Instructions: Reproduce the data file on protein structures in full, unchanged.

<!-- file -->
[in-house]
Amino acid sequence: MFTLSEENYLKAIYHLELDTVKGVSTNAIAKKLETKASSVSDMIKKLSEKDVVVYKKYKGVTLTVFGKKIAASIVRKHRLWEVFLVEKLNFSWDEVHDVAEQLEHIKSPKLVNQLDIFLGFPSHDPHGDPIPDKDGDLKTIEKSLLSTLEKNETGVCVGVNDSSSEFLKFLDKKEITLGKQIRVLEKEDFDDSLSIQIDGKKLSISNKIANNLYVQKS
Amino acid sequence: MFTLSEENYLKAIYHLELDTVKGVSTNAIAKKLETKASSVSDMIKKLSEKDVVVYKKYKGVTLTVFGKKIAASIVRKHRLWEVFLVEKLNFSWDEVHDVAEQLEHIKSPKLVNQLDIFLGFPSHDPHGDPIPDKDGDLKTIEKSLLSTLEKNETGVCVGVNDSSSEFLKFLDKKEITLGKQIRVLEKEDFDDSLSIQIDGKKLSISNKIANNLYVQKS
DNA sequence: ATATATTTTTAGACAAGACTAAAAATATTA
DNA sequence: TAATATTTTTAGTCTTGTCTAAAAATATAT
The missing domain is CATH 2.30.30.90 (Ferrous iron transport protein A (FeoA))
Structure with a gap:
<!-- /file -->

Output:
[in-house]
Amino acid sequence: MFTLSEENYLKAIYHLELDTVKGVSTNAIAKKLETKASSVSDMIKKLSEKDVVVYKKYKGVTLTVFGKKIAASIVRKHRLWEVFLVEKLNFSWDEVHDVAEQLEHIKSPKLVNQLDIFLGFPSHDPHGDPIPDKDGDLKTIEKSLLSTLEKNETGVCVGVNDSSSEFLKFLDKKEITLGKQIRVLEKEDFDDSLSIQIDGKKLSISNKIANNLYVQKS
Amino acid sequence: MFTLSEENYLKAIYHLELDTVKGVSTNAIAKKLETKASSVSDMIKKLSEKDVVVYKKYKGVTLTVFGKKIAASIVRKHRLWEVFLVEKLNFSWDEVHDVAEQLEHIKSPKLVNQLDIFLGFPSHDPHGDPIPDKDGDLKTIEKSLLSTLEKNETGVCVGVNDSSSEFLKFLDKKEITLGKQIRVLEKEDFDDSLSIQIDGKKLSISNKIANNLYVQKS
DNA sequence: ATATATTTTTAGACAAGACTAAAAATATTA
DNA sequence: TAATATTTTTAGTCTTGTCTAAAAATATAT
The missing domain is CATH 2.30.30.90 (Ferrous iron transport protein A (FeoA))
Structure with a gap: